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Common shoulder surgery may offer little pain relief

Study questions value of subacromial decompression

Adrian O'Dowd

Tuesday, 21 November 2017

People who undergo commonly performed shoulder surgery may gain very little benefit in terms of reducing their shoulder pain, claims a study* published today in The Lancet.

Researchers from the University of Oxford found that decompression surgery does not reduce shoulder pain any more than placebo surgery for people with shoulder impingement.

In the UK, shoulder pain accounts for 2.4% of all GP visits and 4.5 million visits to the doctor each year in the USA.

For subacromial shoulder pain, treatment options include subacromial decompression – one of the most commonly used surgeries in orthopaedics. In England, the number of such surgeries has risen from 2,523 in 2000, to 21,355 in 2010.

The researchers’ study involved 32 hospitals and 51 surgeons across the UK.

In the study, 90, 94 and 90 people who had suffered shoulder pain for at least three months despite having physiotherapy and steroid injections underwent decompression surgery, placebo surgery or no treatment, respectively.

Decompression surgery is a keyhole surgery that involves removing a small area of bone and soft tissue in the shoulder joint to open up the joint and prevent rubbing or catching when the arm is lifted.

In the placebo surgery, surgeons conducted a procedure to look inside the affected joint, but no tissue was removed.

Both surgeries were carried out as keyhole procedures to ensure that patients were not aware of which surgery they had undergone.

Six and 12 months after they entered the trial, participants completed questionnaires rating their symptoms, including pain (from 0-48, with a higher number meaning less pain).

Overall, symptoms lessened in all three groups from the start of the trial, but at six months, people who had had decompression surgery and those who had had placebo surgery rated their pain and function at a similar level, with no statistical difference – 32.7 points and 34.2 points, respectively.

Comparatively, both forms of surgery showed a small benefit over no treatment (rated at 29.4 points in the no treatment group), but the authors said the difference was unlikely to result in a noticeable difference in symptoms.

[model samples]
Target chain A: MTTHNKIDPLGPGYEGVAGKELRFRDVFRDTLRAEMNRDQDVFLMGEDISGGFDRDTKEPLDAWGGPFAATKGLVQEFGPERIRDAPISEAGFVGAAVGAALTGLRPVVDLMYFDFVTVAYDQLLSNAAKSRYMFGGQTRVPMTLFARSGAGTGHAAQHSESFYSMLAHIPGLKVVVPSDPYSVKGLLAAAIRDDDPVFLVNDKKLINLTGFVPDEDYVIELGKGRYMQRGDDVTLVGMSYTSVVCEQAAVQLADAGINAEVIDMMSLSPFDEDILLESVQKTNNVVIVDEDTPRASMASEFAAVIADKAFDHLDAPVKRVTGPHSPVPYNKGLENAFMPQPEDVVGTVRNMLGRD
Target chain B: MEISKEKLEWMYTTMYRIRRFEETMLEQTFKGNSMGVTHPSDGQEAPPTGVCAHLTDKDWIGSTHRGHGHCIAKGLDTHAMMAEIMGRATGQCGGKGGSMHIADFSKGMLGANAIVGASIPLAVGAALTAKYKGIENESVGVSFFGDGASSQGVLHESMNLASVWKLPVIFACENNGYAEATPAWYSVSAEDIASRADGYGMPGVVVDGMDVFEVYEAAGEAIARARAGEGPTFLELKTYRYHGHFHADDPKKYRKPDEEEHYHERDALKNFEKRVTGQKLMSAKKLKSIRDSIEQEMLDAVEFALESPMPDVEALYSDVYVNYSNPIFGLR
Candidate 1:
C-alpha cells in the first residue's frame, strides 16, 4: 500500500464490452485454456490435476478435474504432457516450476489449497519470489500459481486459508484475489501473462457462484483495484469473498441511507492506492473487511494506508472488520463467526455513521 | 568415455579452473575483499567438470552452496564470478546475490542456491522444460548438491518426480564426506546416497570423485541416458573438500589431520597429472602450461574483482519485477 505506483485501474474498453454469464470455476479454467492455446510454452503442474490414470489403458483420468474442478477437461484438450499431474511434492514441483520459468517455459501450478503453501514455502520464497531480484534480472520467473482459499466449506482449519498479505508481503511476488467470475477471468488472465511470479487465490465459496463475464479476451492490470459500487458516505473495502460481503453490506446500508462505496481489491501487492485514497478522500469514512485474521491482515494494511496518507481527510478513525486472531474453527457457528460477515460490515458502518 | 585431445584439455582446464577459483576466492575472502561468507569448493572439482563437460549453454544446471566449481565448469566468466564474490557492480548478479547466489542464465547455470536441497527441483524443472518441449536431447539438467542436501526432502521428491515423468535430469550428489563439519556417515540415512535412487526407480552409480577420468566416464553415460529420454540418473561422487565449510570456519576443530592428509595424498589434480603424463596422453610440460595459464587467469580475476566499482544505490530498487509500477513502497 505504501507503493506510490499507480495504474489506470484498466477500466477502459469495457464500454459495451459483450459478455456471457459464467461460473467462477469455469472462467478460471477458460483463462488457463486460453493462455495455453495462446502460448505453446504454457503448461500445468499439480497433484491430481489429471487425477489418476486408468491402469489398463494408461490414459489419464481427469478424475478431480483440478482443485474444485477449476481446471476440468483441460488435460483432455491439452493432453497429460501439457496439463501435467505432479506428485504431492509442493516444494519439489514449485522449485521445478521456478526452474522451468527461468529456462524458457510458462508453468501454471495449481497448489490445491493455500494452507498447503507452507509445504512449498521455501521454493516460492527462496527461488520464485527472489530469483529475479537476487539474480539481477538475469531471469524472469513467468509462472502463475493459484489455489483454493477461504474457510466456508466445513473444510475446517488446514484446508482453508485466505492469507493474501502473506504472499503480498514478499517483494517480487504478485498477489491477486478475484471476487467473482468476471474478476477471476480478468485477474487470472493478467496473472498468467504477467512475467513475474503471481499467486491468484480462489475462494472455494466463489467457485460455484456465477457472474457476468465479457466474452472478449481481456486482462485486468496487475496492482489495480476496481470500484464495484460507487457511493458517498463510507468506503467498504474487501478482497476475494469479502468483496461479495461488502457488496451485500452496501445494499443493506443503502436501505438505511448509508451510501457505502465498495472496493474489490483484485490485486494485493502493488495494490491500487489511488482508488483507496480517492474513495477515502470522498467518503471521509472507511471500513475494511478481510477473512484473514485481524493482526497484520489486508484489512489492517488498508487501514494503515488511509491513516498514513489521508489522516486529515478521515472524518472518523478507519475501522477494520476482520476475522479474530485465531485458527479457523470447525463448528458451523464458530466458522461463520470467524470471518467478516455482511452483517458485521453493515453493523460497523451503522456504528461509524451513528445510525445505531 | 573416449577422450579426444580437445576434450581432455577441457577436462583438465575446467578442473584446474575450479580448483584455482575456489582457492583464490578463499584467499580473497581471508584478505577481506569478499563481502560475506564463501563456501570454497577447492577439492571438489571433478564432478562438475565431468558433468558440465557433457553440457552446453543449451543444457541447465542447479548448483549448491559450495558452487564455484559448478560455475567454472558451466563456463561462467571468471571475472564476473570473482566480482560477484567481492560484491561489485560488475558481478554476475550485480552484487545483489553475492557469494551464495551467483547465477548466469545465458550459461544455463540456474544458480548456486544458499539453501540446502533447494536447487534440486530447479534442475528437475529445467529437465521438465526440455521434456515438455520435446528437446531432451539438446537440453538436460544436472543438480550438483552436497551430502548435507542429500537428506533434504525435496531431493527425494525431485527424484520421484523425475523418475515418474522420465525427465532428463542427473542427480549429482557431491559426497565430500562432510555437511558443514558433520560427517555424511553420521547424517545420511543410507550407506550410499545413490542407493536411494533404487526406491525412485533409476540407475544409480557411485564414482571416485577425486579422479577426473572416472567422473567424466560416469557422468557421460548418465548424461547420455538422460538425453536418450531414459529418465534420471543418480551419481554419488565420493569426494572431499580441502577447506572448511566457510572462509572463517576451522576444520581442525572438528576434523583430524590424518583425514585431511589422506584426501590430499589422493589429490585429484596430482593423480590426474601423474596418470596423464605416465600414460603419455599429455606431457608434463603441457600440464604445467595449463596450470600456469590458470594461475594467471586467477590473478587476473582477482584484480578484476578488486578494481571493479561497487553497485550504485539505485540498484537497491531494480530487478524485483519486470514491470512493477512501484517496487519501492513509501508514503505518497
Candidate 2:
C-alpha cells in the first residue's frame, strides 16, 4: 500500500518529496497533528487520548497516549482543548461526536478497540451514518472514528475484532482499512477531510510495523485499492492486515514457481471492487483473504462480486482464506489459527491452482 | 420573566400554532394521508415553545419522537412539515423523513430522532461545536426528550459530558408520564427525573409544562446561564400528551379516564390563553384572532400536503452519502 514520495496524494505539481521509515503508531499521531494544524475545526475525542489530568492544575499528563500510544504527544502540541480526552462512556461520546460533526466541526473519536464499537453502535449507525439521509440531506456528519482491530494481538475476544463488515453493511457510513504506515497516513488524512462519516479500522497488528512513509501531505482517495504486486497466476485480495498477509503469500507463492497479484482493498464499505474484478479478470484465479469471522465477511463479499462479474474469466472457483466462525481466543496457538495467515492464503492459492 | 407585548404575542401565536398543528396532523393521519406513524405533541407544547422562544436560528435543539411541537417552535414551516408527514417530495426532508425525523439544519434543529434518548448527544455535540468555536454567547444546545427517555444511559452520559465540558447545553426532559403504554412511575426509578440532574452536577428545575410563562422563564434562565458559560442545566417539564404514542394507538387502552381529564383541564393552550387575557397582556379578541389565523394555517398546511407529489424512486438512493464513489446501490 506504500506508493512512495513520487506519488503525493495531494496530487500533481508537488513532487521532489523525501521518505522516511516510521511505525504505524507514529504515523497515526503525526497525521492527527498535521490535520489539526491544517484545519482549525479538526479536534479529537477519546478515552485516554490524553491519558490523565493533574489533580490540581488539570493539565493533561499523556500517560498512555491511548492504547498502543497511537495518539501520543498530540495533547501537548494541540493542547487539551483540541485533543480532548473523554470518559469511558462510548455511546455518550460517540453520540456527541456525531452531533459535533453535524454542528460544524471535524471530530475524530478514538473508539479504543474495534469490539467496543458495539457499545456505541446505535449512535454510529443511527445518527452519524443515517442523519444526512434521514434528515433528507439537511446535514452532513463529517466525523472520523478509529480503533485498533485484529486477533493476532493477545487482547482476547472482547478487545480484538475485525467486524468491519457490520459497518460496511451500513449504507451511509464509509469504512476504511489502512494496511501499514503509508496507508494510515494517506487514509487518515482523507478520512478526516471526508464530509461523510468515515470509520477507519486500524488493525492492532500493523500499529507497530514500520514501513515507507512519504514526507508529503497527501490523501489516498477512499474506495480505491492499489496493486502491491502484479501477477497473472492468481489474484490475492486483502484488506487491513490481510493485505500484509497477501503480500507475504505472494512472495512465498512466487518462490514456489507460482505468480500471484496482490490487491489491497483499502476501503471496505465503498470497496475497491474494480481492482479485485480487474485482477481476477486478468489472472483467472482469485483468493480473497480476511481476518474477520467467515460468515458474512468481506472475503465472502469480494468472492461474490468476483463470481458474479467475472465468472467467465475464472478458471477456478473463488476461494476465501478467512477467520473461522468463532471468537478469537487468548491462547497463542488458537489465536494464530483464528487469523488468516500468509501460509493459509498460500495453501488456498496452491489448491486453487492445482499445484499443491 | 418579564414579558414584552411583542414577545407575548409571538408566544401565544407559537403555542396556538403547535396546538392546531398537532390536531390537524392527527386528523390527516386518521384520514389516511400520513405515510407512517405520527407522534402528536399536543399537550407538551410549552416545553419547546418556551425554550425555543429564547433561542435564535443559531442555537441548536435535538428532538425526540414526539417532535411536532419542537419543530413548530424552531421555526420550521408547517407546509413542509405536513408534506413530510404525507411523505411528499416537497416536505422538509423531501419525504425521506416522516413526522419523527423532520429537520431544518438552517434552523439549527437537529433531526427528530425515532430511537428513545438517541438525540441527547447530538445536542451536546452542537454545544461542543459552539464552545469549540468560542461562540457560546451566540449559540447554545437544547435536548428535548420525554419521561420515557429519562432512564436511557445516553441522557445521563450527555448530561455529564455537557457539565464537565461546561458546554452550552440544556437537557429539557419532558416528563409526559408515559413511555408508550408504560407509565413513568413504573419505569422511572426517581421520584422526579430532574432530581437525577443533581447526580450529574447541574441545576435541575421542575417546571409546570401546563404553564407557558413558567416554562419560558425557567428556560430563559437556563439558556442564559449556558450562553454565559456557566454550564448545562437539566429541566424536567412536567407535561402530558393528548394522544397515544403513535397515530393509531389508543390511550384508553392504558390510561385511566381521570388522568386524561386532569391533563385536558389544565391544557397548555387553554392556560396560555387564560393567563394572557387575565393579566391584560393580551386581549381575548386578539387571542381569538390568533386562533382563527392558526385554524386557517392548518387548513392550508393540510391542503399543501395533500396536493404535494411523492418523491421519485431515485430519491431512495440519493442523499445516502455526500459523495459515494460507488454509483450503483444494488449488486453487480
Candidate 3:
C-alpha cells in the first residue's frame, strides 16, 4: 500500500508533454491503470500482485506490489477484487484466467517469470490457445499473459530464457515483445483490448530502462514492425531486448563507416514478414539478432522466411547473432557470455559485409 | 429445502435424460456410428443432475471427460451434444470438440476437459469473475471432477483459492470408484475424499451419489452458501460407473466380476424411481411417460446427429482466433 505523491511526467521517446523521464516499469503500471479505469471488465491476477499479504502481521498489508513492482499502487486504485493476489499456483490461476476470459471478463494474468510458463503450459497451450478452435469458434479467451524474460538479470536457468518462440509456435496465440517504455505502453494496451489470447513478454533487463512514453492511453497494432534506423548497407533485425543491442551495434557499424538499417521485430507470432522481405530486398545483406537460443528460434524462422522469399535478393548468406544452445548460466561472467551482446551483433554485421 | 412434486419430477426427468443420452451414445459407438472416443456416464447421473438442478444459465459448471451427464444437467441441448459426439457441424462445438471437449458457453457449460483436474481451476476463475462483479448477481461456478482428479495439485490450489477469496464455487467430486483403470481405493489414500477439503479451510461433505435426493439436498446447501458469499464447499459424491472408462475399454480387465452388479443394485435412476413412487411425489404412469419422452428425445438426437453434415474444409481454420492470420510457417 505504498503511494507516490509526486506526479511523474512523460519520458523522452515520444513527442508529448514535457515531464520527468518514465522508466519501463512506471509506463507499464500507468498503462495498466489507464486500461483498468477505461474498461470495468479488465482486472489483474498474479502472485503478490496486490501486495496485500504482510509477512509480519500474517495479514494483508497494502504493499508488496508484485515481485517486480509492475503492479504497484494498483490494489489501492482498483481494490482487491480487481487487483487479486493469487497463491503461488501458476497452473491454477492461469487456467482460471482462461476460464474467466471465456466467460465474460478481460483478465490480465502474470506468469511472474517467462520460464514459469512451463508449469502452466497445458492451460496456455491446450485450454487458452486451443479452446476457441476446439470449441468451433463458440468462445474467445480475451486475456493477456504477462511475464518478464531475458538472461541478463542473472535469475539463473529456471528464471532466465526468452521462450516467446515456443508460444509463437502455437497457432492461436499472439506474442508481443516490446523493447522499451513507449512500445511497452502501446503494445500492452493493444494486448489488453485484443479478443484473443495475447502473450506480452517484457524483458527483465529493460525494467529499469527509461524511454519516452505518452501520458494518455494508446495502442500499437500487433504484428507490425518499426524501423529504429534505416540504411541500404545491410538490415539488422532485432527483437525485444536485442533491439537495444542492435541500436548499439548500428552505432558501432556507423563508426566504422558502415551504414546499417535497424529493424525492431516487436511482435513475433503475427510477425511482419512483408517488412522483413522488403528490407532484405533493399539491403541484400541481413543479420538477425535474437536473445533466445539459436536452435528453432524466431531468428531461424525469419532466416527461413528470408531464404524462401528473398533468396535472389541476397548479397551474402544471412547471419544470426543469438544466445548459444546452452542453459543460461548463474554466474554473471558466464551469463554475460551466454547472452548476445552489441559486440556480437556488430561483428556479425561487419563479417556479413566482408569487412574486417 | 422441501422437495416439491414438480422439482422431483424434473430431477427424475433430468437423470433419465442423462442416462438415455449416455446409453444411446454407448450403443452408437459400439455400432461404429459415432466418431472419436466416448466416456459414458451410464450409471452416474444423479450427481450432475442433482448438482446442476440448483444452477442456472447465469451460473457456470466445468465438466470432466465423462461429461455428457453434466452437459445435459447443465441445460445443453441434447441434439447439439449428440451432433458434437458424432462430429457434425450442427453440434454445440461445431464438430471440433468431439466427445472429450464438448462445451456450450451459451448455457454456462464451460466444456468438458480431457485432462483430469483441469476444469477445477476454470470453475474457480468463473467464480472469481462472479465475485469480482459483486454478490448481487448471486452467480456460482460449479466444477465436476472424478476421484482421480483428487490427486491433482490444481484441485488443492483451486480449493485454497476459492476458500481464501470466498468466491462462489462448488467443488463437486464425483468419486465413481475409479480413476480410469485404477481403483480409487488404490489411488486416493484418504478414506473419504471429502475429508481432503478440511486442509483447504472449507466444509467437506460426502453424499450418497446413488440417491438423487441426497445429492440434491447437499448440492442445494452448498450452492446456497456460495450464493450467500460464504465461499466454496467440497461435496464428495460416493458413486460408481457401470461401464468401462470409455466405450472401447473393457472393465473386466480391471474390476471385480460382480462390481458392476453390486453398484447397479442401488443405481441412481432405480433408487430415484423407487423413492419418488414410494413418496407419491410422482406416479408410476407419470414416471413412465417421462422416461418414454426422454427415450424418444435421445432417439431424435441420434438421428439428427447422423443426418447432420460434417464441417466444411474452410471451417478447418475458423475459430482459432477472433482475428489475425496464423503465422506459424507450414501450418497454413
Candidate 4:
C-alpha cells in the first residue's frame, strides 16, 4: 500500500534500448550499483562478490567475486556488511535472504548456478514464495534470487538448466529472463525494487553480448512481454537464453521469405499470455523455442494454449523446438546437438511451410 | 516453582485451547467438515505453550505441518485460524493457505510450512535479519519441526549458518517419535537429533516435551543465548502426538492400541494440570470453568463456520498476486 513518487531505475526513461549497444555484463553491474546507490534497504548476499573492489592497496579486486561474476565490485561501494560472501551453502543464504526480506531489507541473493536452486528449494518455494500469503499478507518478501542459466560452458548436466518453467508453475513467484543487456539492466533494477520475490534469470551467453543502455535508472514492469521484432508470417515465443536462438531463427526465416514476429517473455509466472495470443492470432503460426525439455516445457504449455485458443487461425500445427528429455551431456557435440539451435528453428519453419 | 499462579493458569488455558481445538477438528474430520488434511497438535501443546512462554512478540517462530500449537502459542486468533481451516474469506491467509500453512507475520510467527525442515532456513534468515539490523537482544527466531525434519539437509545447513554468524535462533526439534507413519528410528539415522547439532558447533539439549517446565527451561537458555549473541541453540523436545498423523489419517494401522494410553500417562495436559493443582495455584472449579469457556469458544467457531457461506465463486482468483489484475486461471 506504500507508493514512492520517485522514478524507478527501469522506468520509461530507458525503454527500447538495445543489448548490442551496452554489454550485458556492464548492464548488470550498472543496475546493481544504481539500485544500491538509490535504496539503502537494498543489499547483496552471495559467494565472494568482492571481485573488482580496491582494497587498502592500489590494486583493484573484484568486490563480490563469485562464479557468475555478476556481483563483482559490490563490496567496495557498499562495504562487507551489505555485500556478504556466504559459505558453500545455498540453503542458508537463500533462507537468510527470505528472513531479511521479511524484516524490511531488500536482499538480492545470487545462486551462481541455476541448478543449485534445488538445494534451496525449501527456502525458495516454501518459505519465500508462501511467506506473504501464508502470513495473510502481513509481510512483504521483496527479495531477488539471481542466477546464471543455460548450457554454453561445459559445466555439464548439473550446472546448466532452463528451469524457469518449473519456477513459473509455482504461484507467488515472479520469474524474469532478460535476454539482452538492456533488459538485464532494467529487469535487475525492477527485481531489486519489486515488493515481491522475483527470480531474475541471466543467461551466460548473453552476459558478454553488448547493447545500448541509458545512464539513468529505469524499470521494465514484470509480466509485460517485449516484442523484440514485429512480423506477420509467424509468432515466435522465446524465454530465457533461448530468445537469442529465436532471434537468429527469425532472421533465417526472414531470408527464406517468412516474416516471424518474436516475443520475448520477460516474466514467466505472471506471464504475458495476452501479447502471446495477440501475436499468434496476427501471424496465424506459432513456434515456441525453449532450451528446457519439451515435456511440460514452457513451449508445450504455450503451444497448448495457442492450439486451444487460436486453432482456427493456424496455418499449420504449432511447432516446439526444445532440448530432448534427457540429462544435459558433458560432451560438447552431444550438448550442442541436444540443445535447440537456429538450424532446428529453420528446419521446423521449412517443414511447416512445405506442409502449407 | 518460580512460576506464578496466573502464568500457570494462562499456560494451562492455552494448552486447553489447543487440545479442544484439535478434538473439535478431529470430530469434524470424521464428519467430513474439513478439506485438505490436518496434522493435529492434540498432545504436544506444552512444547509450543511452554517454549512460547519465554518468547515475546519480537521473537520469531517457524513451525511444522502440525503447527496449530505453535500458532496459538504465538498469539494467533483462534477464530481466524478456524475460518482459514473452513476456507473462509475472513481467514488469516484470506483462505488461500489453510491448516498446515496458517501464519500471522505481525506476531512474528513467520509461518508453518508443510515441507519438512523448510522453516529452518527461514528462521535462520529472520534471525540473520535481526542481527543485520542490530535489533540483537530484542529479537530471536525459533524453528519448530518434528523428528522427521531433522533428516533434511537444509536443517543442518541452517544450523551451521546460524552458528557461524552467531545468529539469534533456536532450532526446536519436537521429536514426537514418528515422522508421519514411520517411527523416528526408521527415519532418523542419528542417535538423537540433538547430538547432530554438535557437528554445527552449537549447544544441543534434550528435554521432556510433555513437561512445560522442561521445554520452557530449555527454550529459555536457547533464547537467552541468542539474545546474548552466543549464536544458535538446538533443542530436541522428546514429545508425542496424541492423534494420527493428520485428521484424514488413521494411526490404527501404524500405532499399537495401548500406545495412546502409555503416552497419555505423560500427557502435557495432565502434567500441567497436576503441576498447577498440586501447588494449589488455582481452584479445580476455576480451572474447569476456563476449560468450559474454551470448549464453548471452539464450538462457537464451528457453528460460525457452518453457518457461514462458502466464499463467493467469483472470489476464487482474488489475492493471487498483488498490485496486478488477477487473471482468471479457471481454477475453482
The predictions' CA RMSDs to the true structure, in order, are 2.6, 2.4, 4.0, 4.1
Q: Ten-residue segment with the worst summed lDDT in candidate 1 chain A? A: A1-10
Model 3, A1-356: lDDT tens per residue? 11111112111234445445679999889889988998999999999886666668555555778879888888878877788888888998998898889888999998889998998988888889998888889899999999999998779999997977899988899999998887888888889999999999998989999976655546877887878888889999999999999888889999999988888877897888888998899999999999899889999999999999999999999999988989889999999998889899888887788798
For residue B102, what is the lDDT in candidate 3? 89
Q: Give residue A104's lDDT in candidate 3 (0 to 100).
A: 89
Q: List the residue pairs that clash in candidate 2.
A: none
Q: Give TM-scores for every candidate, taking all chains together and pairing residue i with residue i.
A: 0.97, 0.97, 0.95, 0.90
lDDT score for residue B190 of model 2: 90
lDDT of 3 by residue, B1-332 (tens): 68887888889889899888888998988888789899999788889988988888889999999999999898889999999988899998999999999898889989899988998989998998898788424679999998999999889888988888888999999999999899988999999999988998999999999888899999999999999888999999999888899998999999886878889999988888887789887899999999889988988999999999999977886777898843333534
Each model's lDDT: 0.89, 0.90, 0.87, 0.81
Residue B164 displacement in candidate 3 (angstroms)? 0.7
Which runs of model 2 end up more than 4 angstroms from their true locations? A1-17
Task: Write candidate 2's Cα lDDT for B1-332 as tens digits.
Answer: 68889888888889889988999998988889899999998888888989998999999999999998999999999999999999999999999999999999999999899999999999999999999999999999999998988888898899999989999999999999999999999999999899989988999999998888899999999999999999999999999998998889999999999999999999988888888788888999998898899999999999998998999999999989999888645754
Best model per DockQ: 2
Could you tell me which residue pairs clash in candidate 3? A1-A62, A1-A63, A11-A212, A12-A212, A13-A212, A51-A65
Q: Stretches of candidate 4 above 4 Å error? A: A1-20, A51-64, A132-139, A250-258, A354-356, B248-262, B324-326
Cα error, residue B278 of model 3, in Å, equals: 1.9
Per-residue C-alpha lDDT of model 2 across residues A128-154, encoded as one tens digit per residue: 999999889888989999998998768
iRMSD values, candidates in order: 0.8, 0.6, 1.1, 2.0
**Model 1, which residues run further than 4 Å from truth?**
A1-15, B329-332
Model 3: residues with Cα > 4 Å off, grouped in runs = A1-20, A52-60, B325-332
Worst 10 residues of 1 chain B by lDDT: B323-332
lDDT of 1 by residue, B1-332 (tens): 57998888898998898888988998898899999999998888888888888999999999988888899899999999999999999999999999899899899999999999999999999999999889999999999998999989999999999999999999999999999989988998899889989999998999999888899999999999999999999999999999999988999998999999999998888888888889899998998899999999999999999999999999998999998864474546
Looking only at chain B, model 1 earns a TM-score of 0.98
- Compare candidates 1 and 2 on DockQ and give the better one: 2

The authors acknowledged some limitations to their study, including that some patients did not continue with their assigned treatment, there were long waiting times within the study, and the research did not look at the recurrence of pain after a year.

Nevertheless, they concluded: “The findings (which should be communicated to patients during the shared treatment decision-making process) question the value of this type of surgery for these indications, and might discourage some surgeons from offering decompression surgery and dissuade some patients from undergoing the surgery.”

Co-chief investigator Professor Andrew Carr from the National Institute of Health Research Biomedical Research Centre, University of Oxford, said: “Over the past three decades, patients with this form of shoulder pain and clinicians have accepted this surgery in the belief that it provides reliable relief of symptoms, and has low risk of adverse events and complications.

“However, the findings from our study suggest that surgery might not provide a clinically significant benefit over no treatment, and that there is no benefit of decompression over placebo surgery.”

Co-chief investigator Professor David Beard, University of Oxford, said: “Our findings call into question the value of shoulder decompression surgery for this group of patients, and should be communicated to patients and doctors considering this type of surgery.”

Beard DJ, Rees JL, Cook JA, et al. Arthroscopic subacromial decompression for subacromial shoulder pain (CSAW): a multicentre, pragmatic, parallel group, placebo-controlled, three-group, randomised surgical trial. DOI: 10.1016/S0140-6736(17)32457-1.

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